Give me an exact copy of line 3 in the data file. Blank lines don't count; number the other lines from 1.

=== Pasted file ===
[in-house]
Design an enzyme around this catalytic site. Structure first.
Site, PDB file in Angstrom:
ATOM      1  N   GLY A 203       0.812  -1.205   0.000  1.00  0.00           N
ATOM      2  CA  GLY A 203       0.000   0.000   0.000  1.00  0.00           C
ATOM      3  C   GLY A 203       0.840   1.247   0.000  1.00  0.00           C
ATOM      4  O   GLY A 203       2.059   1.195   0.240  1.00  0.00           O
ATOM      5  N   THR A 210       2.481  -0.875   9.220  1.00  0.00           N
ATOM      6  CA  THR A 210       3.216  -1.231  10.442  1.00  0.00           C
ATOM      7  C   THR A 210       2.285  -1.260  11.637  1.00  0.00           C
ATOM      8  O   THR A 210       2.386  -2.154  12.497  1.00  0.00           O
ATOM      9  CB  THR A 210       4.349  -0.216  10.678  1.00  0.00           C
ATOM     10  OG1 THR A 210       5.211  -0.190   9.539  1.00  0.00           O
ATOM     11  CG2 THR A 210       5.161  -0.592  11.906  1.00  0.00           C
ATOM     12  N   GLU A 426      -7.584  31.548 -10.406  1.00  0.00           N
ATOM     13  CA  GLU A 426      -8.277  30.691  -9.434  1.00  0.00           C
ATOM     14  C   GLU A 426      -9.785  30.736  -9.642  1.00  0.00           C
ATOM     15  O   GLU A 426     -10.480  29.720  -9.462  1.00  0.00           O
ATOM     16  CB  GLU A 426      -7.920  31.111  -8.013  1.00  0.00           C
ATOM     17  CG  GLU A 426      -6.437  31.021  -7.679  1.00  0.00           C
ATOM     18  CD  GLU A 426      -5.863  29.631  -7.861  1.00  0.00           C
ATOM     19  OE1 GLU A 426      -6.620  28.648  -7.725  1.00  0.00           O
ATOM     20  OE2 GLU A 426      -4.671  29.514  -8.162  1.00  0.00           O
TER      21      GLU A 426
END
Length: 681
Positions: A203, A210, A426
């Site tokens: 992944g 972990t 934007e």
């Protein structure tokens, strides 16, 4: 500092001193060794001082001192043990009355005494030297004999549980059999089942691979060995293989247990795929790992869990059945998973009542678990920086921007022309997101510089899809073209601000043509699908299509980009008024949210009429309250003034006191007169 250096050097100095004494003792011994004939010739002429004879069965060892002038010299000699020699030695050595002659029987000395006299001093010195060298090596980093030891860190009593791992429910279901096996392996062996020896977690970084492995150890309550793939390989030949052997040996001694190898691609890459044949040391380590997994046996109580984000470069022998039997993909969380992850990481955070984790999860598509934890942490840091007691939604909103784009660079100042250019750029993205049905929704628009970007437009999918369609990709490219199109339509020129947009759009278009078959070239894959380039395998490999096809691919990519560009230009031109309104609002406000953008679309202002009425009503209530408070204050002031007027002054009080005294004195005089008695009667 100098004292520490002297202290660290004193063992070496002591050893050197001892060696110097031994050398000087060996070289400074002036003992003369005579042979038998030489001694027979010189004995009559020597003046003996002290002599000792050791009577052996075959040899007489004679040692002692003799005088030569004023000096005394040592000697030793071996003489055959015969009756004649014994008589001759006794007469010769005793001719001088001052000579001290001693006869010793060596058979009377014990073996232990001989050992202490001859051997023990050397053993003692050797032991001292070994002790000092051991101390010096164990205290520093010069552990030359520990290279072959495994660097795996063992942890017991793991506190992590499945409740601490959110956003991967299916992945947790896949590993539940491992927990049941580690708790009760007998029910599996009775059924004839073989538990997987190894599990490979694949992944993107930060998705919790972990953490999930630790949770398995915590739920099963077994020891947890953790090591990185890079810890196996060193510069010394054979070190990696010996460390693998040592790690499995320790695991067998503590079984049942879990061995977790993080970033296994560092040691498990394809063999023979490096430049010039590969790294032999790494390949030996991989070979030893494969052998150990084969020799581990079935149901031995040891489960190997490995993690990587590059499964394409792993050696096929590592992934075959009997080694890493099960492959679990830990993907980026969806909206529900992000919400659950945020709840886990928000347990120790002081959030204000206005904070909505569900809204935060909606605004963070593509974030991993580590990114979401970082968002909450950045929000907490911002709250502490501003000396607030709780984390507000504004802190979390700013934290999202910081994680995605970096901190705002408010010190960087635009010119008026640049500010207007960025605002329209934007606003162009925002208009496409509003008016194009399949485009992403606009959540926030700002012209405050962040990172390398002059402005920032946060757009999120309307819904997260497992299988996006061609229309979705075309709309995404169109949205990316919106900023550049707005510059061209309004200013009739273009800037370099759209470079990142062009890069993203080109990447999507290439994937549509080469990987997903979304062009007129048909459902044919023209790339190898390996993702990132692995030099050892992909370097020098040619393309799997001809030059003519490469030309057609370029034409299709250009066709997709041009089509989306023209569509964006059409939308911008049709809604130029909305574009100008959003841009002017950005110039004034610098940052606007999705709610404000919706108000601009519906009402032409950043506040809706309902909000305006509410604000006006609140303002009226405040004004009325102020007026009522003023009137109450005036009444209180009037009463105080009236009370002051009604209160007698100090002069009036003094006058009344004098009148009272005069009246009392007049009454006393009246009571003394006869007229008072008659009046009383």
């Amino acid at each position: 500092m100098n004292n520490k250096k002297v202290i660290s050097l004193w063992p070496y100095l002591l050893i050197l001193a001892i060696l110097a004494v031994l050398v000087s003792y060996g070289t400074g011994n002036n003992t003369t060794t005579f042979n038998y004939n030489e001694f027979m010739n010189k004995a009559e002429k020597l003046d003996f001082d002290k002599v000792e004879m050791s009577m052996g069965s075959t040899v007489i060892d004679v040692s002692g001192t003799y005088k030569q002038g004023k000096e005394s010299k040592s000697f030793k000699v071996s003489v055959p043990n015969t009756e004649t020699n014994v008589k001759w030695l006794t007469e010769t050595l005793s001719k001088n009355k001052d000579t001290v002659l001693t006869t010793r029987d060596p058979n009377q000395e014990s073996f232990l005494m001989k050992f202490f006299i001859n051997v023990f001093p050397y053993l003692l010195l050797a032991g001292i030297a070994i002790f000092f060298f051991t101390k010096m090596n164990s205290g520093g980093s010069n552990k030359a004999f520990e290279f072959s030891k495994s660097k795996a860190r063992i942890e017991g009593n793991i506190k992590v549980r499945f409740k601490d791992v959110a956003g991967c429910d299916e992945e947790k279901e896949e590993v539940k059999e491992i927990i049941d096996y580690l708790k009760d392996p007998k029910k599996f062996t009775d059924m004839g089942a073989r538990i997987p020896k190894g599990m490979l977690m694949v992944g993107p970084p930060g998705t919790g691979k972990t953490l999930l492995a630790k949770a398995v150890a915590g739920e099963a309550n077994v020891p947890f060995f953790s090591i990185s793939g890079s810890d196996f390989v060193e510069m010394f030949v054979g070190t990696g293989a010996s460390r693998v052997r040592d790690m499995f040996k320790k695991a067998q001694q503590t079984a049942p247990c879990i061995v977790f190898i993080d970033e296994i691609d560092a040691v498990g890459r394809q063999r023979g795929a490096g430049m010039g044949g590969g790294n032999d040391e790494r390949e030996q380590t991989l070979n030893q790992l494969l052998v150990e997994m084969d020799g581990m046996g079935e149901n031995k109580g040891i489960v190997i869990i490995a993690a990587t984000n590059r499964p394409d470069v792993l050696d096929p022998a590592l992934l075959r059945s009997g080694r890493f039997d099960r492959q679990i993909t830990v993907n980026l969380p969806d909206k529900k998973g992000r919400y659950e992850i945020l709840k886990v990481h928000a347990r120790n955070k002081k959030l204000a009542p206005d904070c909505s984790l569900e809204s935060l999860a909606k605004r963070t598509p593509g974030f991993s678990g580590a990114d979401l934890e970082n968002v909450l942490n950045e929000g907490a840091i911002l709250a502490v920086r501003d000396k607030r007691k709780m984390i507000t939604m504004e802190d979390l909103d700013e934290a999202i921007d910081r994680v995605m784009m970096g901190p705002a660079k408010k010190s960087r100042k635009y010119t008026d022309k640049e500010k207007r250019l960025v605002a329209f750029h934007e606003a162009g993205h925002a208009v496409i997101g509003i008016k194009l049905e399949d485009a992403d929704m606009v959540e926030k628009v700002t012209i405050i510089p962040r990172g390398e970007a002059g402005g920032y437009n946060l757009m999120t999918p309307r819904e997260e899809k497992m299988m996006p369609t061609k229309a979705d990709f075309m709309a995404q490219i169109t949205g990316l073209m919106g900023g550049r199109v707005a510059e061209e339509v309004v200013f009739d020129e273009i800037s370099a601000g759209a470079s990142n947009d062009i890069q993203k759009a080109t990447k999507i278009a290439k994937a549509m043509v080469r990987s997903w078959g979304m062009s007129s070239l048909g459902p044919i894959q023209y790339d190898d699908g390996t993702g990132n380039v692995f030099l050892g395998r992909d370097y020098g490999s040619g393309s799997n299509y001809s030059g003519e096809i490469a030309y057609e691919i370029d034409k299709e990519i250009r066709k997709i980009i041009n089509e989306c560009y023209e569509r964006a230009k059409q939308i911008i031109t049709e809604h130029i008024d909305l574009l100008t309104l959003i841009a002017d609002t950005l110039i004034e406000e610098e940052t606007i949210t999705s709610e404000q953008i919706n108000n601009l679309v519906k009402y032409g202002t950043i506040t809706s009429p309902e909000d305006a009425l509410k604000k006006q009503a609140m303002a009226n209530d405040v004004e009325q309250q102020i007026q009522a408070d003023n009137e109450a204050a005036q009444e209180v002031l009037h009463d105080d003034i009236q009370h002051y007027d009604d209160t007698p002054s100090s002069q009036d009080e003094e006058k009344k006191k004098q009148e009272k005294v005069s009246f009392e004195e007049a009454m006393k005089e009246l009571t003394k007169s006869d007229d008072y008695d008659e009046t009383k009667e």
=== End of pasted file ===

Site, PDB file in Angstrom: